The rounded shapes, delicate colours and rough manufacturing of these jewels are meant to be a homage to Impressionist style.
The photographers, Ludovica Lanzafami and Valerio Elia, chose a real life couple rather than professional models, in order to capture more realistic emotions and feelings: it takes just one look at the photos to see that Cristina and Alberto are truly in love.
The two models were prepared separately and didn't see each other before being ready for the shoot: in this way the photographers could catch their fun and emotions in the first sight.
Hair & Make-up
The make-up and hairstyle were in the capable hands of Rosanna Curci.
She found her inspiration by studying many Impressionist paintings, and her work was deeply influenced by Monet's use of colors in his “Houses of Parliament” series.
For the hairstyle, she was inspired by several different paintings of that time.
The Flowers & Decor
Simmi Floral Design, a renowned workshop based in Turin, provided and set up floral arrangements and decor.
Simmi's Camilla Marchetti aimed at creating a fresh boho chic setup, taking care of the tiniest details. She chose simple flowers and arranged them in sparse yet elegant compositions.
Every type of flower was also chosen for its meaning: the small pale roses and white lisianthus with buds both mean well wishes for a future family; eucalyptus has a delicate scent and signifies protection.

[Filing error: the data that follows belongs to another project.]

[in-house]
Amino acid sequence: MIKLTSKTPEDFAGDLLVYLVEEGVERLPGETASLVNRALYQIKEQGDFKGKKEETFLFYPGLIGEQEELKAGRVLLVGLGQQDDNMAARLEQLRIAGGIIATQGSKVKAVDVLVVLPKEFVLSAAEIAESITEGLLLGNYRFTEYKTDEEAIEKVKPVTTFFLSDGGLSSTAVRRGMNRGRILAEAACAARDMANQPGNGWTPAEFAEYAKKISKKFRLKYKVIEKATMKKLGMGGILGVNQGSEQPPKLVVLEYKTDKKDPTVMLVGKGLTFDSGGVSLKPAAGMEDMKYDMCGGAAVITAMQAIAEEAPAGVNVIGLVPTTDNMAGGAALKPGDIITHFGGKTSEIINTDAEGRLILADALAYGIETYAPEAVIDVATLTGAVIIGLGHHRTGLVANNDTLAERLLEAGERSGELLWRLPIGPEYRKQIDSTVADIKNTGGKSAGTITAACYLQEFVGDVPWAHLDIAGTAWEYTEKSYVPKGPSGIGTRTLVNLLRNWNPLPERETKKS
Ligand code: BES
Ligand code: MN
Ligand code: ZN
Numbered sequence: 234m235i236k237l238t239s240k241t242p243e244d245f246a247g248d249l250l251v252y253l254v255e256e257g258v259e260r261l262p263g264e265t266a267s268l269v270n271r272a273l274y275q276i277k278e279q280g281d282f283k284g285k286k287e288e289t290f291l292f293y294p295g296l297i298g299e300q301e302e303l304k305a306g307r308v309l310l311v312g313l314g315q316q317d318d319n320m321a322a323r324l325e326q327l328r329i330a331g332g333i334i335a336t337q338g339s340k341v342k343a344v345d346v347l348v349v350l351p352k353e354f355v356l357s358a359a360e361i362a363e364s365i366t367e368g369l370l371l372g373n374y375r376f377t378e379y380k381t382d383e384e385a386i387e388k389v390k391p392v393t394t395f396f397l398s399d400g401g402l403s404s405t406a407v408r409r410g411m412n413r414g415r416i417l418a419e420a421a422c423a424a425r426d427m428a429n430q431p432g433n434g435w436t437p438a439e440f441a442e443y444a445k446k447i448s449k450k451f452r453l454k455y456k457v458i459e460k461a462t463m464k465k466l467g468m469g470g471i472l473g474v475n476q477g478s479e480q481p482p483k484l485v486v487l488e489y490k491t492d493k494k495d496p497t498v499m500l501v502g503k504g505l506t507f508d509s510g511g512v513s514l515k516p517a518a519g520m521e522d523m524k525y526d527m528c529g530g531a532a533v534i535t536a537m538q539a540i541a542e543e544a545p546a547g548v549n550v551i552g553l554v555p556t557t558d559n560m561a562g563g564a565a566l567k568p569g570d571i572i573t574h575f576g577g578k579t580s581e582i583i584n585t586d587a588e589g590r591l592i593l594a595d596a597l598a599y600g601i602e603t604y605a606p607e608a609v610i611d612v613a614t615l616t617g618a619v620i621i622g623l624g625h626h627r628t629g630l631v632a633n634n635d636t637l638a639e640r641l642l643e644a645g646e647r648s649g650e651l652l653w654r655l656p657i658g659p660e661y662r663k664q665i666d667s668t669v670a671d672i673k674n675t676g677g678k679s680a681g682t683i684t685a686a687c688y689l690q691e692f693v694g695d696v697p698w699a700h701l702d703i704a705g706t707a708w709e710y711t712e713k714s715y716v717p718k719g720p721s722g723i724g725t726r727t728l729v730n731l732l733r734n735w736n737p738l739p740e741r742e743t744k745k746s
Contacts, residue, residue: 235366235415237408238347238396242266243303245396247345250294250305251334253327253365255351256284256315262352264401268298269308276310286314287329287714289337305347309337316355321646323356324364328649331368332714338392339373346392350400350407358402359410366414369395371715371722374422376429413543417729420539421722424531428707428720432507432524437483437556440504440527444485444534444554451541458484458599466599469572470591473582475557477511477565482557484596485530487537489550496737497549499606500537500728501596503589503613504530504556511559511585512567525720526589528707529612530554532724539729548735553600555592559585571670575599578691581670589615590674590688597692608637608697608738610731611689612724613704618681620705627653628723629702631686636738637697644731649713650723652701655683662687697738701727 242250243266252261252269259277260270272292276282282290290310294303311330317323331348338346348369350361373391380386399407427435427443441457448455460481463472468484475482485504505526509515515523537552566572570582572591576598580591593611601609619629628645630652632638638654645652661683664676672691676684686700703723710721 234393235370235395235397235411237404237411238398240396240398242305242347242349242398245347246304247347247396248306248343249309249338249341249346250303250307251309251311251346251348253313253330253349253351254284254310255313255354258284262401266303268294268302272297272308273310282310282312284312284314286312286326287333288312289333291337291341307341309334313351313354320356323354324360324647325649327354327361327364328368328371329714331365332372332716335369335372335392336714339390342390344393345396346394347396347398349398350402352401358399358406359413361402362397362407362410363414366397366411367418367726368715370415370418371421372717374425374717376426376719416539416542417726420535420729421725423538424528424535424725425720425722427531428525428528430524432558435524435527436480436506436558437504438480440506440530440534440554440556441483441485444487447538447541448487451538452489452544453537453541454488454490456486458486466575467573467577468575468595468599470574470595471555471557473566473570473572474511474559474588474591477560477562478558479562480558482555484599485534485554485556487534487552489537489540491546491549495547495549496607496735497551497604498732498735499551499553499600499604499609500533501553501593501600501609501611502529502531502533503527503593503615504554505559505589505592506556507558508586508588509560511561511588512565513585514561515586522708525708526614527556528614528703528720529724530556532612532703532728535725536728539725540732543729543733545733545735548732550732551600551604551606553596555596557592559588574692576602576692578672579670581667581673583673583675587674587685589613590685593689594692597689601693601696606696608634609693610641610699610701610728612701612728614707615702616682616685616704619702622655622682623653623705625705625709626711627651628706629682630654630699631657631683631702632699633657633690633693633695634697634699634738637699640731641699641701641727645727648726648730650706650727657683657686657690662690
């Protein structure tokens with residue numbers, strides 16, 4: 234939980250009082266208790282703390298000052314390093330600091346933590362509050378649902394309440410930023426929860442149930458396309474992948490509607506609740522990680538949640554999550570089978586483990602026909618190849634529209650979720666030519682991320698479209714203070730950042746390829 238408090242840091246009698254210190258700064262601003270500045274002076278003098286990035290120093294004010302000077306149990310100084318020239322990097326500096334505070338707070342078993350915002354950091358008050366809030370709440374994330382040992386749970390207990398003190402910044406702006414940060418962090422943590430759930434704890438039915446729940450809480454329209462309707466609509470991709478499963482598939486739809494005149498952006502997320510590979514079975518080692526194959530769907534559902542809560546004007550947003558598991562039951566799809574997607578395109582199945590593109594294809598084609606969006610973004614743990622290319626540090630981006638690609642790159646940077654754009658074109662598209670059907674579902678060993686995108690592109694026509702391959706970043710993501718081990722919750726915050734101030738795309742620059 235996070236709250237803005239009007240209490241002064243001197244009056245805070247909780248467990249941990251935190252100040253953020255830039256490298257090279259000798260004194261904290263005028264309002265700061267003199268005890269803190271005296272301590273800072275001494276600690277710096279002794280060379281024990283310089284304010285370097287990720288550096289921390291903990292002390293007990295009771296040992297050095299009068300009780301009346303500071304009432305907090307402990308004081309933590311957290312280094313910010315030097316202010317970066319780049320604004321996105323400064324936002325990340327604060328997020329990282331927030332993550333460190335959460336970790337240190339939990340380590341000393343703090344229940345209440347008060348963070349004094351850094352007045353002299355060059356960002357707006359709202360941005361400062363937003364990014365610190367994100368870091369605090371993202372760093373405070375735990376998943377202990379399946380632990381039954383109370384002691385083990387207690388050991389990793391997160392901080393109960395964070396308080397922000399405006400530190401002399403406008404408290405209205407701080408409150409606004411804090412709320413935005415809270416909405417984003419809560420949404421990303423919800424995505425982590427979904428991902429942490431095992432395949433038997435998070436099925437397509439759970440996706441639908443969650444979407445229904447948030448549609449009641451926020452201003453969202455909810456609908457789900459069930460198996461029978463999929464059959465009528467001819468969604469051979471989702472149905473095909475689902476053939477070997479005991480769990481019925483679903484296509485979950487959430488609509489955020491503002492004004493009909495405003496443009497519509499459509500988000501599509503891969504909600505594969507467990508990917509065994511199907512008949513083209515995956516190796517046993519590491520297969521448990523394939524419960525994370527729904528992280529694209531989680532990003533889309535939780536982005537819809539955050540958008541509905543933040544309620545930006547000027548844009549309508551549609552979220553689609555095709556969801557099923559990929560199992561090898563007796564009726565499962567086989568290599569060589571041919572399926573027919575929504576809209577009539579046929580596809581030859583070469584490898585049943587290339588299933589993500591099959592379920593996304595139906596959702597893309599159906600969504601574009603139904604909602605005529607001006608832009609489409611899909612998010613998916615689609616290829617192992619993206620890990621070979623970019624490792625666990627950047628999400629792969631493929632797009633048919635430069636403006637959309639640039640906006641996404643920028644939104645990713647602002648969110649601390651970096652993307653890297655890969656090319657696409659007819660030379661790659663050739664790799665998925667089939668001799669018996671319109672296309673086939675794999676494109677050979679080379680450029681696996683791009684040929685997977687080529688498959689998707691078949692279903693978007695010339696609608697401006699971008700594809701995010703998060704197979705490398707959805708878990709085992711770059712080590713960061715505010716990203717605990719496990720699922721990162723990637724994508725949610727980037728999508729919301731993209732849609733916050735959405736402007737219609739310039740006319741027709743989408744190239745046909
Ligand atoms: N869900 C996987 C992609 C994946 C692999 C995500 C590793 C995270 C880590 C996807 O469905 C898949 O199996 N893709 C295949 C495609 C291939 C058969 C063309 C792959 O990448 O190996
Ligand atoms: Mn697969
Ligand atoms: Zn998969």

Camilla also used eryngium and sea lavender, whose shape reminded her of a brush stroke. Sea lavender was also included into the hairstyle by Rosanna.
The bouquet was simple, natural and romantic, and was composed as if flowers were picked by the bride herself in the woods.
The setups were enriched with details referring to painting and art: brushes, colors, frames, palettes, old books, easels for en plein air painting. Many of the objects were real vintage tools used by Camilla's great-uncle and now by her mother.
The Wedding Cake
The cake was created by Francesca Molon's “Agripasticceria Dolcemente”.
Francesca used the sugar paste exterior of the cake as a canvas, painting it with strokes of food coloring used as watercolors. On the cake were also painted the initials of the spouses, in the same fashion as the invitations.
The cake was placed on a painter's sketch box easel and small white lanterns were hanging above it.
Some of the paintings that inspired shooting were: “La balançoir “ by Renoir, with the model elegantly posing on a swing, “Les Danseuses” by Degas for the details of the dress and of the ballerina shoes, and finally Manet's “Dejeuneur sur l'herbe” for the picnic scene and for the wedding favours.
The wedding favours, also provided by Camilla, consisted in tiny straw chests containing infusion bags and small marmalade pots.
Each chest was sealed with a lace ribbon holding a silver ballerina slippers charm.
The photographers also created a few romantic portraits of the bride and groom in Villa Malfatti's greenhouse, taking advantage of the soft light and the beautiful backdrop of the lemon trees.
By shooting both inside of the greenhouse and from the outside they made two different series of portraits, the first one is romantic and filled with light, the second one is rather mysterious and ethereal.
The last part of the shoot took place inside the Villa: the photographers made use of the last moments of light, which revealed the beautiful details of the bride's tulle gown.
So enchanting, right? The photography is just beautiful, I love the dress and make-up, too, and there's lots of cool ideas to borrow from the decor and styling, don't you think?